Research shows that viscosity contrast can induce fast mixing of fluids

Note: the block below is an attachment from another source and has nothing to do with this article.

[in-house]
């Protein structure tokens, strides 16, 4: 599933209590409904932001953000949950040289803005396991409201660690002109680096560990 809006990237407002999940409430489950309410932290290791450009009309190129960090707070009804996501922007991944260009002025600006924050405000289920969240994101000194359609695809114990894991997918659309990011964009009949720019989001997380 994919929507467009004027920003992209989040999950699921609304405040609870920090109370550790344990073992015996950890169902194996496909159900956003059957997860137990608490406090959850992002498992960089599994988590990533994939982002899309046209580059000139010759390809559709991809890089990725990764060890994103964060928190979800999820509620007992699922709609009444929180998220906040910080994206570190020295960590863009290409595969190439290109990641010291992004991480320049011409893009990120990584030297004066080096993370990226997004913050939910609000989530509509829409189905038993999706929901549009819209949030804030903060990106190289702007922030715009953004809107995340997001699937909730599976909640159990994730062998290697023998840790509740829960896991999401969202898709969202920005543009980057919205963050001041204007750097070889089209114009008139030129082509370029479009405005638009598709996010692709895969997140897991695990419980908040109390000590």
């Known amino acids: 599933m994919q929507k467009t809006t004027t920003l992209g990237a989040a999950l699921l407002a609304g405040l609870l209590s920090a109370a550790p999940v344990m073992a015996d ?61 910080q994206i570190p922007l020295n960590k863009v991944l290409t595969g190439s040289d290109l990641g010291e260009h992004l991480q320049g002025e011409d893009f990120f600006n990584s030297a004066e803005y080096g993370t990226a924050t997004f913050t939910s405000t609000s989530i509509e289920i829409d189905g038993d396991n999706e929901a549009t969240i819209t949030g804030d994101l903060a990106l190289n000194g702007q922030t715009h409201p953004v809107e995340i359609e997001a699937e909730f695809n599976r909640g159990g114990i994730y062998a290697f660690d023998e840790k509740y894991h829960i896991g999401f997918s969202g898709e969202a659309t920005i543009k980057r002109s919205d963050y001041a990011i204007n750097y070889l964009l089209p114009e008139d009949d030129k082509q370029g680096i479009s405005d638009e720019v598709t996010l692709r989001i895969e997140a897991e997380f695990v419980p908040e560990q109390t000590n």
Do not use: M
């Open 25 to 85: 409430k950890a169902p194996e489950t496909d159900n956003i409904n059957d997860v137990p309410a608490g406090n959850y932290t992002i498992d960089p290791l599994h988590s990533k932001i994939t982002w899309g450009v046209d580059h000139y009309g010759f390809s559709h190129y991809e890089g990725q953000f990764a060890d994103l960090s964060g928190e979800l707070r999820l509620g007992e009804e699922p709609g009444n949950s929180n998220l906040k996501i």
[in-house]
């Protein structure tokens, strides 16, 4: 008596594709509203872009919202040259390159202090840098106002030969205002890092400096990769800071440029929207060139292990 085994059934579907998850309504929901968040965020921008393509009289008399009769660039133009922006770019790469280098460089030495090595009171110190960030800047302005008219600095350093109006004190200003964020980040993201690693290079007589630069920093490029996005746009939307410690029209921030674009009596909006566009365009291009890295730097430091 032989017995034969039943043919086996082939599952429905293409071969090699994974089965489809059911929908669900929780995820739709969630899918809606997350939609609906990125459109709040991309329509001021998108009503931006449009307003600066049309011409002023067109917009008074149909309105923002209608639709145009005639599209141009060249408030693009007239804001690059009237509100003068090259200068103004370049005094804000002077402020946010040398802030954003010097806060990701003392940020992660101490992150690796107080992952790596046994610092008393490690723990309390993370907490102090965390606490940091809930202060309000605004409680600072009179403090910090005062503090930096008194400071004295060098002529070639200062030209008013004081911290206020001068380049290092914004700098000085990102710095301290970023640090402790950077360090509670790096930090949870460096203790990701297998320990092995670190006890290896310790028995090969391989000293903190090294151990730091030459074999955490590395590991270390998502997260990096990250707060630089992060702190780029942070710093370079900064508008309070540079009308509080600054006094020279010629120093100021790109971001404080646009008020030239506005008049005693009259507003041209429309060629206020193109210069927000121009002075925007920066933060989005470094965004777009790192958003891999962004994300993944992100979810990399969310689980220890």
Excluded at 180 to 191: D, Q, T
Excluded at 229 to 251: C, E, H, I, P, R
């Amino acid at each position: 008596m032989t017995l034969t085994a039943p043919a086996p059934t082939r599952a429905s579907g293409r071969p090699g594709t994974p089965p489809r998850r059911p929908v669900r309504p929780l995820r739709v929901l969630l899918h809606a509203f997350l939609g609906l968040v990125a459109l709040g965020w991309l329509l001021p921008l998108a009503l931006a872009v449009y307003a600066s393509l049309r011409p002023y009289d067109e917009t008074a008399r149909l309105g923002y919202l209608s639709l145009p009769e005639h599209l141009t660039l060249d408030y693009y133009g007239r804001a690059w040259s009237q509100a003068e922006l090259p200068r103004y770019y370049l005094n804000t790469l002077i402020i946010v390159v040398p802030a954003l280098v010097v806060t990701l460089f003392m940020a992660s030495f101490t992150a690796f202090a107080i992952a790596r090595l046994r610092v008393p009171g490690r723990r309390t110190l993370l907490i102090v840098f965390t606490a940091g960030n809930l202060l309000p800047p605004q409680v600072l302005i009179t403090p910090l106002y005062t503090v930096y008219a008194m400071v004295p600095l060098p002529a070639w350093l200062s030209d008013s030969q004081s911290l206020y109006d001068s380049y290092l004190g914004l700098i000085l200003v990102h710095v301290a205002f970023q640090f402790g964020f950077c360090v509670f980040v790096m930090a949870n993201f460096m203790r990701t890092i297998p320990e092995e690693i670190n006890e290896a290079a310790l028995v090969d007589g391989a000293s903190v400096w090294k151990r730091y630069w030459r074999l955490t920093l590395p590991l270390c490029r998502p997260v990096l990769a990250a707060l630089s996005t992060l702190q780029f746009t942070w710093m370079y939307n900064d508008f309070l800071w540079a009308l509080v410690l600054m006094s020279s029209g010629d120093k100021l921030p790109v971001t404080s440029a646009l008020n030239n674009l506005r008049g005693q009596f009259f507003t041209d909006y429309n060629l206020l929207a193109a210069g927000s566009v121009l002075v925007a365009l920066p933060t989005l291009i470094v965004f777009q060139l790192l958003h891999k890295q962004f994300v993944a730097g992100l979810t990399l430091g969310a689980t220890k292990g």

In an analysis published in Physical Review Letters, researchers led by Professor Ruben Juanes show that the injection of a thin or low-viscosity fluid into a much more viscous fluid (think of water spurting into molasses) will cause the two fluids to mix very quickly via a physical process known as viscous fingering. The thinner liquid will form fingers as it enters the thicker liquid, and those fingers will form other fingers, and so on until the two liquids have mixed uniformly. For maximum mixing to occur quickly, the ideal ratio of the viscosity of any two fluids depends on the speed at which the thinner liquid is injected into the thicker one. Read a news story.